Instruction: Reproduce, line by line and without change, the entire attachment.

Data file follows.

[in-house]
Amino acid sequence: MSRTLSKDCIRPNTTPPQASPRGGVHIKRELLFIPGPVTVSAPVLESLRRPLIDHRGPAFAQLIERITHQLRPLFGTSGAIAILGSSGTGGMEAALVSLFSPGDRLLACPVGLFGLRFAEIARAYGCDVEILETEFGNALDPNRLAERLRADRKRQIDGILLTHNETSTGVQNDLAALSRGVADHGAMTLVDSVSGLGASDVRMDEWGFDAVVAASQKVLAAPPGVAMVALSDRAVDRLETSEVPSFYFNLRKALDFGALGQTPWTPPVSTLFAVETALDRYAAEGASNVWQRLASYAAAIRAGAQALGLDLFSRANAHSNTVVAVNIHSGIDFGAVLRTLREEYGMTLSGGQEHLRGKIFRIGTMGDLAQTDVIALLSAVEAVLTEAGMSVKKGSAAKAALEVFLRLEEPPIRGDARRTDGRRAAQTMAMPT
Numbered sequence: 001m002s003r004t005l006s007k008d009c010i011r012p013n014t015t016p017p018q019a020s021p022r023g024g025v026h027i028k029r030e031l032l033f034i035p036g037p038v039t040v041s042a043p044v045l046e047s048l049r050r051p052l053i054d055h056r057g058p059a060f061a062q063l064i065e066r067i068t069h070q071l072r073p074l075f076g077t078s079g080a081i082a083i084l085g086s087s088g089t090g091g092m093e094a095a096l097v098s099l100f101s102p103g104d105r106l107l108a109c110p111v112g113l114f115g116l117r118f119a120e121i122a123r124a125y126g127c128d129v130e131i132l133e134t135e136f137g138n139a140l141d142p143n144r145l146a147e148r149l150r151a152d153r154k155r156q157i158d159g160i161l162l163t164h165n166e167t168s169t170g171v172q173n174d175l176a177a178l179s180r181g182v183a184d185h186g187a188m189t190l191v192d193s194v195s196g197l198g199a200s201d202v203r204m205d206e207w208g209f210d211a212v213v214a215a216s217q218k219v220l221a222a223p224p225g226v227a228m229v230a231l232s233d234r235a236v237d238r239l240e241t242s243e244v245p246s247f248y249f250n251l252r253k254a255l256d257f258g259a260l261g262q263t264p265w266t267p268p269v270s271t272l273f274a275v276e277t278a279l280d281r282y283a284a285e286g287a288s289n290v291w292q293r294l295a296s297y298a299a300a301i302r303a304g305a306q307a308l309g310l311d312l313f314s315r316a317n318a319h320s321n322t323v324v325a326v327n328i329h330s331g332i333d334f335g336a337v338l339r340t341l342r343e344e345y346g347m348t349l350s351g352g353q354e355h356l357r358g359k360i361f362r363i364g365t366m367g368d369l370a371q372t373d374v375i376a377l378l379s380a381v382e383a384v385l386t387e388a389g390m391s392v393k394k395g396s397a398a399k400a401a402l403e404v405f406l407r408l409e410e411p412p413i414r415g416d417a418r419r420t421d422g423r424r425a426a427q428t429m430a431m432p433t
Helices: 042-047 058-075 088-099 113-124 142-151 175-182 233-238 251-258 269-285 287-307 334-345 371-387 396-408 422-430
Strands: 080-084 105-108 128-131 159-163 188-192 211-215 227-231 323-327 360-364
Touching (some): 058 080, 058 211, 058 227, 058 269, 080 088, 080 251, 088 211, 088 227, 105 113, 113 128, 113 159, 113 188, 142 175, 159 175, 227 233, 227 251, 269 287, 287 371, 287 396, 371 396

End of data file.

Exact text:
[in-house]
Amino acid sequence: MSRTLSKDCIRPNTTPPQASPRGGVHIKRELLFIPGPVTVSAPVLESLRRPLIDHRGPAFAQLIERITHQLRPLFGTSGAIAILGSSGTGGMEAALVSLFSPGDRLLACPVGLFGLRFAEIARAYGCDVEILETEFGNALDPNRLAERLRADRKRQIDGILLTHNETSTGVQNDLAALSRGVADHGAMTLVDSVSGLGASDVRMDEWGFDAVVAASQKVLAAPPGVAMVALSDRAVDRLETSEVPSFYFNLRKALDFGALGQTPWTPPVSTLFAVETALDRYAAEGASNVWQRLASYAAAIRAGAQALGLDLFSRANAHSNTVVAVNIHSGIDFGAVLRTLREEYGMTLSGGQEHLRGKIFRIGTMGDLAQTDVIALLSAVEAVLTEAGMSVKKGSAAKAALEVFLRLEEPPIRGDARRTDGRRAAQTMAMPT
Numbered sequence: 001m002s003r004t005l006s007k008d009c010i011r012p013n014t015t016p017p018q019a020s021p022r023g024g025v026h027i028k029r030e031l032l033f034i035p036g037p038v039t040v041s042a043p044v045l046e047s048l049r050r051p052l053i054d055h056r057g058p059a060f061a062q063l064i065e066r067i068t069h070q071l072r073p074l075f076g077t078s079g080a081i082a083i084l085g086s087s088g089t090g091g092m093e094a095a096l097v098s099l100f101s102p103g104d105r106l107l108a109c110p111v112g113l114f115g116l117r118f119a120e121i122a123r124a125y126g127c128d129v130e131i132l133e134t135e136f137g138n139a140l141d142p143n144r145l146a147e148r149l150r151a152d153r154k155r156q157i158d159g160i161l162l163t164h165n166e167t168s169t170g171v172q173n174d175l176a177a178l179s180r181g182v183a184d185h186g187a188m189t190l191v192d193s194v195s196g197l198g199a200s201d202v203r204m205d206e207w208g209f210d211a212v213v214a215a216s217q218k219v220l221a222a223p224p225g226v227a228m229v230a231l232s233d234r235a236v237d238r239l240e241t242s243e244v245p246s247f248y249f250n251l252r253k254a255l256d257f258g259a260l261g262q263t264p265w266t267p268p269v270s271t272l273f274a275v276e277t278a279l280d281r282y283a284a285e286g287a288s289n290v291w292q293r294l295a296s297y298a299a300a301i302r303a304g305a306q307a308l309g310l311d312l313f314s315r316a317n318a319h320s321n322t323v324v325a326v327n328i329h330s331g332i333d334f335g336a337v338l339r340t341l342r343e344e345y346g347m348t349l350s351g352g353q354e355h356l357r358g359k360i361f362r363i364g365t366m367g368d369l370a371q372t373d374v375i376a377l378l379s380a381v382e383a384v385l386t387e388a389g390m391s392v393k394k395g396s397a398a399k400a401a402l403e404v405f406l407r408l409e410e411p412p413i414r415g416d417a418r419r420t421d422g423r424r425a426a427q428t429m430a431m432p433t
Helices: 042-047 058-075 088-099 113-124 142-151 175-182 233-238 251-258 269-285 287-307 334-345 371-387 396-408 422-430
Strands: 080-084 105-108 128-131 159-163 188-192 211-215 227-231 323-327 360-364
Touching (some): 058 080, 058 211, 058 227, 058 269, 080 088, 080 251, 088 211, 088 227, 105 113, 113 128, 113 159, 113 188, 142 175, 159 175, 227 233, 227 251, 269 287, 287 371, 287 396, 371 396